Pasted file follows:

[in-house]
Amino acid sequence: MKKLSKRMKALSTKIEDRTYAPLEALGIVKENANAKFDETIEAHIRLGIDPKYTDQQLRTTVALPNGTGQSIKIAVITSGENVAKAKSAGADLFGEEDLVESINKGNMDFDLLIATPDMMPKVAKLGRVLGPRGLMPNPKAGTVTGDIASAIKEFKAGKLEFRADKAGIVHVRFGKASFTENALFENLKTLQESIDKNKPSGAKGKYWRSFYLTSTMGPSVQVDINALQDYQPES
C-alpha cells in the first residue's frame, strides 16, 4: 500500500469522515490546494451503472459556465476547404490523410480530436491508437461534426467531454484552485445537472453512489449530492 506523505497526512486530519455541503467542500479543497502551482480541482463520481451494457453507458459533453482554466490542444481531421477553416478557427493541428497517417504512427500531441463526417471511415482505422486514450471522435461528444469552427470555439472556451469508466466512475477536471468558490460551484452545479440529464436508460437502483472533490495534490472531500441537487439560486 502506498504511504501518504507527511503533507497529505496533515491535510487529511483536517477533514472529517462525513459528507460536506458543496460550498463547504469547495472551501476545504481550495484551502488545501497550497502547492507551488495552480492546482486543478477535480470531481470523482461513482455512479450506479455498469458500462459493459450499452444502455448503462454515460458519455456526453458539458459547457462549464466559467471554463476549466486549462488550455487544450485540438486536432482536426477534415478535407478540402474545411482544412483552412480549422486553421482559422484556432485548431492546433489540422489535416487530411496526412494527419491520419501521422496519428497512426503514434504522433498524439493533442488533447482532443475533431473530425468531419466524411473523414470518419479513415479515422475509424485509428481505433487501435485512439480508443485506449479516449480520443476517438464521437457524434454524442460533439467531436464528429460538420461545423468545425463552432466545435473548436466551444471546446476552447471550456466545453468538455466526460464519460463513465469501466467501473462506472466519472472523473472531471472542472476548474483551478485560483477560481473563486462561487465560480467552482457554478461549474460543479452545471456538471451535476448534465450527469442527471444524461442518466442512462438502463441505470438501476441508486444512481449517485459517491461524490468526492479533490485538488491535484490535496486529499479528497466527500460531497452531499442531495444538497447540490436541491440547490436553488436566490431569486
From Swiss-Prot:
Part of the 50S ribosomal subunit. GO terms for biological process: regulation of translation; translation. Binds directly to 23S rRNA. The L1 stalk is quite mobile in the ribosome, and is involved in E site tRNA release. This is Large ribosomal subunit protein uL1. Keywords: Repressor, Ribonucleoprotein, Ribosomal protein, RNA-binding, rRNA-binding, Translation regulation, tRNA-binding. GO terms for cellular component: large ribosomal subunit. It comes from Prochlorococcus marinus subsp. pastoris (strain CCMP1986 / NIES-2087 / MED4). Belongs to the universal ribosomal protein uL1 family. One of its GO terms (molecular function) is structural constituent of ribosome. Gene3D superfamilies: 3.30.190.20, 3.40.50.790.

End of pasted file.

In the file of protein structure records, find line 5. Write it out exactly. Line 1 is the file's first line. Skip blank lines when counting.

Part of the 50S ribosomal subunit. GO terms for biological process: regulation of translation; translation. Binds directly to 23S rRNA. The L1 stalk is quite mobile in the ribosome, and is involved in E site tRNA release. This is Large ribosomal subunit protein uL1. Keywords: Repressor, Ribonucleoprotein, Ribosomal protein, RNA-binding, rRNA-binding, Translation regulation, tRNA-binding. GO terms for cellular component: large ribosomal subunit. It comes from Prochlorococcus marinus subsp. pastoris (strain CCMP1986 / NIES-2087 / MED4). Belongs to the universal ribosomal protein uL1 family. One of its GO terms (molecular function) is structural constituent of ribosome. Gene3D superfamilies: 3.30.190.20, 3.40.50.790.